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So much for the Gavin Newsom we thought we knew.
He's the guy homeless advocates compared to Ivan the Terrible for his much-scorned "Care Not Cash" initiative; the presumed torchbearer of the Willie Brown machine; the downtown business establishment's designated hitter; the Democrat progressives loved to denigrate as a stealth Republican.
What a difference an inauguration makes.
In his first 100 days in office, Newsom has come to own the city's political landscape in ways that both his supporters and his sharpest critics would have thought utterly impossible a few months ago. His dramatic and unexpected support for same-sex marriage has not only attracted loads of national media attention, but has also resulted in an outpouring of affection from gays and progressives who were among his biggest naysayers.
The 36-year-old mayor is having a political honeymoon for the ages. He has won plaudits for appointing the first women ever to head the Police and Fire departments; naming a special monitor to root out corruption and favoritism in the Department of Building Inspection; putting the heat on the SFPD's underperforming homicide squad; and -- wonder of wonders -- even beginning to hand out pink slips to some top city bureaucrats whose jobs were protected under Brown.
Thanks to his starring role in the same-sex marriage saga, he has garnered so much ink and appeared on so many network TV shows that in barely three months on the job he is as well known as any mayor in the nation, outside, perhaps, Bloomberg and Daley of New York and Chicago, respectively. He's been pilloried in conservative British newspapers and hailed as a civil rights hero by France's left-leaning Le Monde. For better or worse, he is arguably more widely recognized among Californians than any of the three Democrats most often mentioned as challengers to Gov. Arnold Schwarzenegger in 2006: Attorney General Bill Lockyer, State Treasurer Phil Angelides, and State Controller Steve Westly.
In the aftermath of Newsom's momentous decision to begin issuing marriage licenses to gays and lesbians two days before Valentine's Day, 69 percent of San Franciscans surveyed by political pollster David Binder early last month said they approve of the job Newsom is doing. Only 20 percent viewed him unfavorably. Binder calls those numbers "nothing short of incredible" in a city whose politics are as notoriously fractious as San Francisco's, especially after Newsom's bruising runoff victory over Supervisor Matt Gonzalez, the Green Party standard-bearer.
Gonzalez's stunning announcement that he is exiting the political stage and will not seek re-election to the San Francisco Board of Supervisors in November is perhaps even more potent evidence of the Newsom juggernaut. "So far, Gavin Newsom has been given the political equivalent of an American Express Platinum Card," says veteran political consultant Kam Kuwata, a longtime adviser to U.S. Sen. Dianne Feinstein and other top Democrats. "The question is, 'What will he do with it?'"
Indeed, the mayor's instant celebrity has helped mark him as a rising star and has set off a wave of speculation as to his ultimate political ambitions, with some supporters and Democratic Party operatives already uttering his name in the same breath with the words "Congress" and "White House."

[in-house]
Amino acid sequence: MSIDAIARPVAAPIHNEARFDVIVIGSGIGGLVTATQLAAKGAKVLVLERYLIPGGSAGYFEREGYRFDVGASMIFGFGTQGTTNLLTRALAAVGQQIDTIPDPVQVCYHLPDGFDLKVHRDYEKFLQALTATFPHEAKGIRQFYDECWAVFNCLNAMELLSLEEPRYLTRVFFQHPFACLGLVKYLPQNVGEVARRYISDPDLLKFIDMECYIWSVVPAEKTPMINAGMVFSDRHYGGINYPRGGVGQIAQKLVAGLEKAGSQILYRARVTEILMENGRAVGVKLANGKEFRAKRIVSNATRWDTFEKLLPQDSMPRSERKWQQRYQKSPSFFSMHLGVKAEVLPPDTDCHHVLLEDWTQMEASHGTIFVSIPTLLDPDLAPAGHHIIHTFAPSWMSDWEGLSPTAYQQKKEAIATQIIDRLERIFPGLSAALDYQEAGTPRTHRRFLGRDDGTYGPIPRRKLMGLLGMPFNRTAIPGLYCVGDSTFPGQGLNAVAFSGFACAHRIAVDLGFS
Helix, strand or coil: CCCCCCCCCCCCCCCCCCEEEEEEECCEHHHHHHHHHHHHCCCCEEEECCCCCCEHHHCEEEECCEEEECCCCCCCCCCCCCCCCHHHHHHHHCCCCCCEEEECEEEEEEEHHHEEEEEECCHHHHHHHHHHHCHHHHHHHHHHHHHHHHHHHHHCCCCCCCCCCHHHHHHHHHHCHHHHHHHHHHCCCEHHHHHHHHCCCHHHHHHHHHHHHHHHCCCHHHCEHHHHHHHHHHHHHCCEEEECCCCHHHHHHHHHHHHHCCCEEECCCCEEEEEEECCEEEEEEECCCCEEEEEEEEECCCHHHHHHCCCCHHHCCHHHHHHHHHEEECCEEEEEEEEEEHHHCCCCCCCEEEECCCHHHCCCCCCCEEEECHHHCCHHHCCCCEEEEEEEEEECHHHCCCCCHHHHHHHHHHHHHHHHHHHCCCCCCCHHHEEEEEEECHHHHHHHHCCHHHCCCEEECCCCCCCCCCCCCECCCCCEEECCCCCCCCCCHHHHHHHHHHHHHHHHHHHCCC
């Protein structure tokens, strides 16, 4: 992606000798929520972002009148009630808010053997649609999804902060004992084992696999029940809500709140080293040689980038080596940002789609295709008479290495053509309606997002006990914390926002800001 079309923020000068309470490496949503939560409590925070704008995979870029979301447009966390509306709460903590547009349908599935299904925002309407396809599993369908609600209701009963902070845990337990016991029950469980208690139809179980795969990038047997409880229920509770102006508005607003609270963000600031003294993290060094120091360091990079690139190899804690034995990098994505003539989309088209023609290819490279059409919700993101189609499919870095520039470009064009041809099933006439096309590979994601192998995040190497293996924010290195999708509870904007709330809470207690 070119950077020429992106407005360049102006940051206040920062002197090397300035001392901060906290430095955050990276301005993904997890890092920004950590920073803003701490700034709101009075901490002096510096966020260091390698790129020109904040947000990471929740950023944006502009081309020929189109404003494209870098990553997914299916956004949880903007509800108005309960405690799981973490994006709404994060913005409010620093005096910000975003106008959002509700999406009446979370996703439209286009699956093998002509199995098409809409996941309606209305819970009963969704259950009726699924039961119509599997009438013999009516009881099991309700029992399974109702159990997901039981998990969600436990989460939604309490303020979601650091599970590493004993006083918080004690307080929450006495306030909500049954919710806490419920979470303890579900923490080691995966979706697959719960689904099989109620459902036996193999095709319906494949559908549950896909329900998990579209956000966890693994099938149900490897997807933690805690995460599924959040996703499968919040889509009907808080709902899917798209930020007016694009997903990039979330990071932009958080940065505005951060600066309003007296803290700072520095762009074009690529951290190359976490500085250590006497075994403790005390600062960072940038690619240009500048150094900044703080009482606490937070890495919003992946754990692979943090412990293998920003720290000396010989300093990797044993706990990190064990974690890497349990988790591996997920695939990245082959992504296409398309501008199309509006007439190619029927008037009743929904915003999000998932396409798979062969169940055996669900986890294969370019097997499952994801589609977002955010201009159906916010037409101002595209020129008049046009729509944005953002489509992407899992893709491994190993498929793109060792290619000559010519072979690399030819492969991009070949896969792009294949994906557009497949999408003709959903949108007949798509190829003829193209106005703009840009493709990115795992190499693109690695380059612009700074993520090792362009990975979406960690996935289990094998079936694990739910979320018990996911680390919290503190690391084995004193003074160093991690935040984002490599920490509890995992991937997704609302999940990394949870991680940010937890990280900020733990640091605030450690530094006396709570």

"He has an extraordinary political future in front of him," says Simon Rosenberg, who heads the New Democrat Network, a Washington, D.C.-based organization that has cultivated and supported dozens of Clinton-style Democrats running for Congress and positions in local and state governments.
Rosenberg makes no secret of the group's aim to boost Newsom's stock on the national stage. He proclaims the mayor "arguably the single most promising Democrat under the age of 40," adding, "He's hot for all the right reasons. He's thoughtful, articulate, charismatic. He has all the tools. I've not seen this kind of excitement around a young politician since the days when Bill Clinton was regarded as an up-and-comer."
Newsom has been on the NDN's radar screen since last fall, when it endorsed him for mayor, and he served as keynote speaker at the group's recent conference in San Francisco. Less obvious, but perhaps no less significant, is the quiet way in which Newsom has cultivated the organization. Rosenberg has been in San Francisco twice since the inauguration to confer with the mayor, and last month Newsom was a star attraction at an NDN-sponsored meet-and-greet luncheon in Manhattan that attracted some three dozen influential New York Democrats.
Such enthusiasm would have been unthinkable just a few short months ago. Even after Newsom took office, Rosenberg was hearing mumbles from party operatives wanting to know "why we were spending so much effort on this guy." And then the gay marriage issue exploded and "people got to see that Gavin didn't fit the stereotype of a kooky San Francisco Democrat."
Rosenberg and others say that Newsom's stock rose with each appearance on national television, including a face-off on Larry King Live with U.S. Rep. Marilyn Musgrave, the Colorado Republican who has introduced a constitutional amendment to ban same-sex marriage. "You're making a mockery of the law," Musgrave told him on the program. "I think you're making a mockery of this country and our values of diversity, and bringing people together, and uniting people," Newsom shot back. Observes Rosenberg, "The way he's been perceived as standing up for something that he believes in, even when it's not necessarily popular, has been a real eye-opener. Now all I'm hearing from people [in the party] is, 'I want to meet this guy.'"
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